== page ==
Gournay, Jacques Claude Marie Vincent, Marquis de (1712–1759)
French economist, merchant and government official, Gournay was born at St. Malo in 1712. After a long career as merchant, spent largely in Cadiz (1729–44), his partner’s death in 1746 permitted his retirement two years later from active trade and his entry into public life and more serious research into economics. Gournay has been traditionally associated with the propagation in France of free trade ideas such as deregulation of colonial trade, abolition of the guilds and of the system of government inspection of manufactures, aspects of his work illustrated by the important place generally assigned to him in the history of the phrase, laissez faire, laissez passer (Schelle 1897, pp. 214–17). Turgot (1759, pp. 30–2) has noted, however, that his free trade position should be qualified and in addition that, unlike the Physiocrats, he accorded an important role in economic development to industry and trade as well as agriculture. He has therefore sometimes been described as the founder of a separate non-Physiocratic free trade school, whose members, among others, included Turgot, Morellet and Trudaine. Apart from Observations sur l’agriculture, le commerce et les arts de Bretagne (1757), only his notes accompanying the translation of Child (1754), now edited by Tsuda (1983), appear to have survived. His long friendship with Turgot exerted some influence on the latter’s economics, partly because Turgot accompanied Gournay on his tours of inspection of industry between 1753 and 1756. Gournay’s most important contribution to French economics seems to have been the encouragement he gave to the study of English economics literature. With Butel-Dumont he had himself translated Child and Culpeper (1754), he encouraged Forbonnais to abridge King’s The British Merchant, Turgot to translate one of Tucker’s pamphlets and, most importantly, may have been responsible for the publication of Cantillon’s Essay in 1755 (Morellet 1821, pp. 36–7). His death in 1759 provided the occasion for Turgot’s eulogy on which much of the information about his life and work is based, though as Ashley (1900, p. 306) warns, there are reasons for being hesitant in accepting Turgot’s eulogy (1759) ‘as evidence of Gournay’s opinions’.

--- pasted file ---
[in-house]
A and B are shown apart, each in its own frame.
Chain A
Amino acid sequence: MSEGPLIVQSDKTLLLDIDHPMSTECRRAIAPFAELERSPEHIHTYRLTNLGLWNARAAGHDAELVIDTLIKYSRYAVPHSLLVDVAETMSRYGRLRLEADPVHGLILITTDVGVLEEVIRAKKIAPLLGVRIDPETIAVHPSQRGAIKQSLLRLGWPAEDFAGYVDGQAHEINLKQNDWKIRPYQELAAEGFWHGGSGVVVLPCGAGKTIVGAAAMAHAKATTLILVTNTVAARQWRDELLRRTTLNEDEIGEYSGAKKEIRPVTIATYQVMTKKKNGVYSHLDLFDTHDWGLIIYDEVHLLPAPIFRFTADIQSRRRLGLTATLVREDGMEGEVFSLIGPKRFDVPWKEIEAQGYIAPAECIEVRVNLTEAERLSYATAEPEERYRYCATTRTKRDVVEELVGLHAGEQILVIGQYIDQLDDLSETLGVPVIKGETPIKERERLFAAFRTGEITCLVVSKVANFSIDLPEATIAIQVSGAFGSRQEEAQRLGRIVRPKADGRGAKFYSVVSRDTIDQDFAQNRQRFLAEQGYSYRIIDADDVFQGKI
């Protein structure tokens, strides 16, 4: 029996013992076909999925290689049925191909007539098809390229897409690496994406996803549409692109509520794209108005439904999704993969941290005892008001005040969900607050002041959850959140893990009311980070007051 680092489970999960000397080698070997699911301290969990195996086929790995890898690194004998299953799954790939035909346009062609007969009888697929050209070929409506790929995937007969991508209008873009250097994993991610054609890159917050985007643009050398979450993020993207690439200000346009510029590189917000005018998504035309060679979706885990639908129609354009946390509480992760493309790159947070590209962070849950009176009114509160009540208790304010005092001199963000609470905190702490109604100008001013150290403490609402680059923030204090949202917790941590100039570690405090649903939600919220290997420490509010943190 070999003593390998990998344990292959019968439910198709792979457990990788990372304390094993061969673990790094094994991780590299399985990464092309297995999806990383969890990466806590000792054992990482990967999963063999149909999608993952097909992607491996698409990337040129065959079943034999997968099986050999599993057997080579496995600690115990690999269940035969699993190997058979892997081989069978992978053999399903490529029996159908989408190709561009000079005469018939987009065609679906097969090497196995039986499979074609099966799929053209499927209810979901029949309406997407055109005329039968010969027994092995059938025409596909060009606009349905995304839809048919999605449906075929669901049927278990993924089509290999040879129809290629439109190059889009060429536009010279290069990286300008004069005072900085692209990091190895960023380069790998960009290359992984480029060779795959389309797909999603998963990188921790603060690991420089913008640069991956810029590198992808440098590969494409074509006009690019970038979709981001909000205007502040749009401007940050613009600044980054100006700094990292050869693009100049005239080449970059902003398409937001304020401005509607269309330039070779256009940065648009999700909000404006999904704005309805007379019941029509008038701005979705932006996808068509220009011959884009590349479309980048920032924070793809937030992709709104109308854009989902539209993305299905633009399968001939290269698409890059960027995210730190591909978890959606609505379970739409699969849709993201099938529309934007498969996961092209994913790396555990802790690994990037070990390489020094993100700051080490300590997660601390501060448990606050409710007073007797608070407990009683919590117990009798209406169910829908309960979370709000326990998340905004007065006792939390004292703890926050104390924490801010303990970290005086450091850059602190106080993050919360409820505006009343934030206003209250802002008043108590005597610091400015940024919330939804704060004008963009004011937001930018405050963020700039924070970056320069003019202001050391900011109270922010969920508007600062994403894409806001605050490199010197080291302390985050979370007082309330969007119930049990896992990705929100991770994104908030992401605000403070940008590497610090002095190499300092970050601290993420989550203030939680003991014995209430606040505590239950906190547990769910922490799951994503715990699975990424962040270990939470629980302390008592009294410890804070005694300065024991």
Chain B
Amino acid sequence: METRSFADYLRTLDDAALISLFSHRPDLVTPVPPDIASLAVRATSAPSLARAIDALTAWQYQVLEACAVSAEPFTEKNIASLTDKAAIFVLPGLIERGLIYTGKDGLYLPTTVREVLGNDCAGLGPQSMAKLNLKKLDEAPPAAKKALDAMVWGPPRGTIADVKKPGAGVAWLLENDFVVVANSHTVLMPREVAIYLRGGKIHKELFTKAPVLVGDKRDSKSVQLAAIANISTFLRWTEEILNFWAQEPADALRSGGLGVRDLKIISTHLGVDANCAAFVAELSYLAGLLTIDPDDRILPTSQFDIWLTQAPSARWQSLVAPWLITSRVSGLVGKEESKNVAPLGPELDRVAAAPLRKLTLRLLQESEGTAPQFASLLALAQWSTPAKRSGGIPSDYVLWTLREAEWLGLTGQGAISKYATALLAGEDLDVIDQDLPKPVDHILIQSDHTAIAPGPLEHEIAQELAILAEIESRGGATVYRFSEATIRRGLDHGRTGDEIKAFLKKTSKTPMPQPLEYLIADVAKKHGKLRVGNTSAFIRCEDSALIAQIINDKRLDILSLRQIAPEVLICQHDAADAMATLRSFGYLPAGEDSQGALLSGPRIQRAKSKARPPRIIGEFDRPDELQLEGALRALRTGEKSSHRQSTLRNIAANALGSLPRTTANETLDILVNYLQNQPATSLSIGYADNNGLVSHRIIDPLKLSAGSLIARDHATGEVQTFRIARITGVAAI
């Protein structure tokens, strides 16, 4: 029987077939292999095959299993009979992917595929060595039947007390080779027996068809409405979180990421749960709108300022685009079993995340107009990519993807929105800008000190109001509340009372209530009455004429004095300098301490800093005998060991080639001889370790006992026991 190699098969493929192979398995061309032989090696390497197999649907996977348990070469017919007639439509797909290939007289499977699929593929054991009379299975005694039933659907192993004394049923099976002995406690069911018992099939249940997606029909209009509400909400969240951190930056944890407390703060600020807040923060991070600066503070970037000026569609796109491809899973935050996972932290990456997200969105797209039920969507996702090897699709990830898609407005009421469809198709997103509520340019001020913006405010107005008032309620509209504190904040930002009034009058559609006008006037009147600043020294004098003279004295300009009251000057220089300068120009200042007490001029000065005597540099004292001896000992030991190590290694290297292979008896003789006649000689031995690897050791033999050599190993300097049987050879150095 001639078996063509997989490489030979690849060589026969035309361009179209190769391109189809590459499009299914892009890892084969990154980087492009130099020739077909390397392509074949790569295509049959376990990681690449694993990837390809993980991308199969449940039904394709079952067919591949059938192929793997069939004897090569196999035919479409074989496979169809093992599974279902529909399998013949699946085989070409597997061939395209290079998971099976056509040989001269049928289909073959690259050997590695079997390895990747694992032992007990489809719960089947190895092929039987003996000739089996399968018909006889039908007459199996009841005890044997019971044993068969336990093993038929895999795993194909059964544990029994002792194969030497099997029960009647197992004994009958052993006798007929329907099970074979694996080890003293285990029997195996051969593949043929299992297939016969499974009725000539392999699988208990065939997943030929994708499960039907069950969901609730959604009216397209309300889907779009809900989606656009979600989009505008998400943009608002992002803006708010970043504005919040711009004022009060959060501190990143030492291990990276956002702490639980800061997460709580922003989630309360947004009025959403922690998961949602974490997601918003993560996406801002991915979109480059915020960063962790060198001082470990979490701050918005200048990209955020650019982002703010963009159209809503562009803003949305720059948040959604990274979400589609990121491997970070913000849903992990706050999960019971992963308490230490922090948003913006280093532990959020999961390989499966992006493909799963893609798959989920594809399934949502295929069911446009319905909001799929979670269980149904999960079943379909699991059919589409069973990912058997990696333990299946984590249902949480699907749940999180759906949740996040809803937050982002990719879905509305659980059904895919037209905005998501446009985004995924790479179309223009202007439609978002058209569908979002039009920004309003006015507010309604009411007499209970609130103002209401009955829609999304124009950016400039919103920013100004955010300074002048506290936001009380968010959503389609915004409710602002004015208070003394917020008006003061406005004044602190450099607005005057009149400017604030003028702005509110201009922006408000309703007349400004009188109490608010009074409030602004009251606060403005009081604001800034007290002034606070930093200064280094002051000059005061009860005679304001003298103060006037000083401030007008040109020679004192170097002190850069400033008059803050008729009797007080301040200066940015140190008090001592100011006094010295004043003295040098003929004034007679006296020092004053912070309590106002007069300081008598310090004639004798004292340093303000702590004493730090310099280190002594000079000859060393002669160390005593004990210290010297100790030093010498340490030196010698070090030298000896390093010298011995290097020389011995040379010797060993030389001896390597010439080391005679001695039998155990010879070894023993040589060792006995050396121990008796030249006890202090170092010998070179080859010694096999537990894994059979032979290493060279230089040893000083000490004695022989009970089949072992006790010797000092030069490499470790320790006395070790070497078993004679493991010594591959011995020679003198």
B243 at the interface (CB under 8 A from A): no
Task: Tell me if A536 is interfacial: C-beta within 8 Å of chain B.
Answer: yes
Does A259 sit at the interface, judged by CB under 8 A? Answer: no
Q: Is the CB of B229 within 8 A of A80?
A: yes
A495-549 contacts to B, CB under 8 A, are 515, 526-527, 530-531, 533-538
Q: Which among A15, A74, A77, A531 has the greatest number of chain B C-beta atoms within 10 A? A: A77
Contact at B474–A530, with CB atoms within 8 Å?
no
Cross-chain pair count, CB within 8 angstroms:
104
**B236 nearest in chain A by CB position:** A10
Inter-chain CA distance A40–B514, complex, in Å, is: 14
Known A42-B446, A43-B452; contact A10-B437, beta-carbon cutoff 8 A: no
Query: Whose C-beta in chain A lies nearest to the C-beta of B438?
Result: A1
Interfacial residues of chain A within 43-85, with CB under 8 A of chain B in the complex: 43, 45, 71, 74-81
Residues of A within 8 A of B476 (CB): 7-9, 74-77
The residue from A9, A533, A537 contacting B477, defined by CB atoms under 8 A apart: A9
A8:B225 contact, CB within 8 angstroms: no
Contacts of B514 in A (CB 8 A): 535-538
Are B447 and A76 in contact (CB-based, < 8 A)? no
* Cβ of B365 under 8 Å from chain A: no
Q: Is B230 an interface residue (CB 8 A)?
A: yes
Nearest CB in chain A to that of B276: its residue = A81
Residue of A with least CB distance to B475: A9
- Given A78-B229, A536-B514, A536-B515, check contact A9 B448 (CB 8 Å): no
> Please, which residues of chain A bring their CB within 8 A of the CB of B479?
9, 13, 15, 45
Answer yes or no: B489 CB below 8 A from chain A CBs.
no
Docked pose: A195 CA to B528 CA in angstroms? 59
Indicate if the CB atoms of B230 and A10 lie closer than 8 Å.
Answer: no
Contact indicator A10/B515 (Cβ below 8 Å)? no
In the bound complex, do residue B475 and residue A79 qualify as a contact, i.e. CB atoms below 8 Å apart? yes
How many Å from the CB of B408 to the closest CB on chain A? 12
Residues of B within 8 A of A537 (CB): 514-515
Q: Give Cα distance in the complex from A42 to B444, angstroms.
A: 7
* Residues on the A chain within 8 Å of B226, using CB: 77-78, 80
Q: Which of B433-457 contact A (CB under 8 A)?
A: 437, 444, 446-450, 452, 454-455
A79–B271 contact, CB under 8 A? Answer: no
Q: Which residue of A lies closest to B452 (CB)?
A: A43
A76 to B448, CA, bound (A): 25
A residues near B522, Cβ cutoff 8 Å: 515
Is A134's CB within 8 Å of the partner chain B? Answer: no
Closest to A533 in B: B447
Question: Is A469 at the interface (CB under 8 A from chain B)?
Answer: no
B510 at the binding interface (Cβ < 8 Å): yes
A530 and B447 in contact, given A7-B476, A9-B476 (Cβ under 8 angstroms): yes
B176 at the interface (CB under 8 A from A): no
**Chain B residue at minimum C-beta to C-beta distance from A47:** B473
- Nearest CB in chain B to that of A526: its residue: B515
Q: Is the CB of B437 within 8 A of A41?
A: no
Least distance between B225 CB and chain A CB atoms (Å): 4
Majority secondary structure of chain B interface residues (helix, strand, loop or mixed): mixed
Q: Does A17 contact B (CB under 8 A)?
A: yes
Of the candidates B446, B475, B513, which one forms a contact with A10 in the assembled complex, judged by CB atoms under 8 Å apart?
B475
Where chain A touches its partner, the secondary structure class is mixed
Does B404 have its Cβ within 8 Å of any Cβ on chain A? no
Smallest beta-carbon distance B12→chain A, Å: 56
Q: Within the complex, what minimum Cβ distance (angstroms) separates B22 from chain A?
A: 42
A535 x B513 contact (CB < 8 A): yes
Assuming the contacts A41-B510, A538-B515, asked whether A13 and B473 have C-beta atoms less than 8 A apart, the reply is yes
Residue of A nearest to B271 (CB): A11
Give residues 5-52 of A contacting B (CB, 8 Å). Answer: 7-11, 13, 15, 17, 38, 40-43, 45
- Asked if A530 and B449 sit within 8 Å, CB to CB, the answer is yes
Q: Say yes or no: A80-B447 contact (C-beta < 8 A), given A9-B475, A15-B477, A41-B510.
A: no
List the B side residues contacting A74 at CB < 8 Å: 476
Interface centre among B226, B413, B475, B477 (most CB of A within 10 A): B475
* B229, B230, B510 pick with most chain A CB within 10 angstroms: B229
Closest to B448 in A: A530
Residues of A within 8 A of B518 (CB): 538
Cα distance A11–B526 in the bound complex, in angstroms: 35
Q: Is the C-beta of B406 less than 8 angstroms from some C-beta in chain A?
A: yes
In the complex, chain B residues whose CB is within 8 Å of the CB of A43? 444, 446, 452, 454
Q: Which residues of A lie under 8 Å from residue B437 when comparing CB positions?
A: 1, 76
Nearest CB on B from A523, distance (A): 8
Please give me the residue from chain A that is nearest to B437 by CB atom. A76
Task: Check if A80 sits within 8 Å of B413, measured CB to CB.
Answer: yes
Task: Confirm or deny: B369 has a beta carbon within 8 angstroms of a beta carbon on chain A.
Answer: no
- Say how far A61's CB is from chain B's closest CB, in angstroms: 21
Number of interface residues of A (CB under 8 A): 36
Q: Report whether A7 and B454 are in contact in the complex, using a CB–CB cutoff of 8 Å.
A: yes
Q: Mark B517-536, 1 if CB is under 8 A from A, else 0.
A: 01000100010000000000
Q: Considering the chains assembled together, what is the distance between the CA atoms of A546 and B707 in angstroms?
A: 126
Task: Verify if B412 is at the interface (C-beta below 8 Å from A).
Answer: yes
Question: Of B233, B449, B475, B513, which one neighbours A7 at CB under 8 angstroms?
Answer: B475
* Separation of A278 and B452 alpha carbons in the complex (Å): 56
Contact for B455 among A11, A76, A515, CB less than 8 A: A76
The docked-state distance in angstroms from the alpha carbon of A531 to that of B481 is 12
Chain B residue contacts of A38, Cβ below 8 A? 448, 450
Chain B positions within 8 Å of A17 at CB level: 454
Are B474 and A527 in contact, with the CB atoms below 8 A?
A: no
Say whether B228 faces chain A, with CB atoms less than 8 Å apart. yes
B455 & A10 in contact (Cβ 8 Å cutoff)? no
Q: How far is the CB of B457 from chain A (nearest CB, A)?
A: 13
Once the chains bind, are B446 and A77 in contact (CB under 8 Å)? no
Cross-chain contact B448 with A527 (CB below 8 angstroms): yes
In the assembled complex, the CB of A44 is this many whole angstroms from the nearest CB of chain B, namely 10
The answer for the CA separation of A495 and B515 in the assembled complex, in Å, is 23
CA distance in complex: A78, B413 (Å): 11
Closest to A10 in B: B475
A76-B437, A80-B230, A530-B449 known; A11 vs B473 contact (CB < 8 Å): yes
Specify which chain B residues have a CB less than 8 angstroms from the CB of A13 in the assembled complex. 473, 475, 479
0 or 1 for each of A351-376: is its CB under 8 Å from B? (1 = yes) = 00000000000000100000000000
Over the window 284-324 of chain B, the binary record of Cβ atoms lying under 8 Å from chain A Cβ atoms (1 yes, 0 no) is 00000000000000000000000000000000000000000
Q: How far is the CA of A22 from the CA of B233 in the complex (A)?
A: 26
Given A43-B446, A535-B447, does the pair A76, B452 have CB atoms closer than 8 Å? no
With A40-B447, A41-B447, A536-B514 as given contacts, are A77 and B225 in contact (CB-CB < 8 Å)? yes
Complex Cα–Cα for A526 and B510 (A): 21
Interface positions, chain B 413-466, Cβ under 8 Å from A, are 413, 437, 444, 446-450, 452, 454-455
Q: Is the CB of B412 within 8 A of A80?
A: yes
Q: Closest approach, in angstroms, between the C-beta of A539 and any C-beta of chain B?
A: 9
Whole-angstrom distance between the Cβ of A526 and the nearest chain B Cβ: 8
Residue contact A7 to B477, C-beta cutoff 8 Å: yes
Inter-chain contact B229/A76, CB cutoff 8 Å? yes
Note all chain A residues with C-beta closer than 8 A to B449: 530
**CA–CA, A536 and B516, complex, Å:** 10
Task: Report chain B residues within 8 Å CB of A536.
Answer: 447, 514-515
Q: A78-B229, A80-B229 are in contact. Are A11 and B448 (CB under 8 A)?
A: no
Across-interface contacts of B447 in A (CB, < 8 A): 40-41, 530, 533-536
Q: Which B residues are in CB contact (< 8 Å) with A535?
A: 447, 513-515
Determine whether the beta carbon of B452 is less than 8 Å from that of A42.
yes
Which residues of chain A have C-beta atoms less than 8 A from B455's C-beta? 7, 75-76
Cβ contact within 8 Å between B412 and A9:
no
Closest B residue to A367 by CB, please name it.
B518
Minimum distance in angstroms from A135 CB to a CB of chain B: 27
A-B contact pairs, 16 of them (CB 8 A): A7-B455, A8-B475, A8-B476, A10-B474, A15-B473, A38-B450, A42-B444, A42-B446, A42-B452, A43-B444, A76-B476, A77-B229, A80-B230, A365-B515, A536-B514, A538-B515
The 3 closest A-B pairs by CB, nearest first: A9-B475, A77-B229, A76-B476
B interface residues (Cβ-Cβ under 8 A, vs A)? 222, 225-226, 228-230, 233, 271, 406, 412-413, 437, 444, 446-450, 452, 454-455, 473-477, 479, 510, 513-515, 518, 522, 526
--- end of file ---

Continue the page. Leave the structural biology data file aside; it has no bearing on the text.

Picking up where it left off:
KeywordsCantillon, R. Forbonnais, F. V. D. Free trade Gournay, Marquis de Laissez faire Morellet, Abbe de Physiocracy Trudaine, D. Tucker, J. Turgot, A. R. J.
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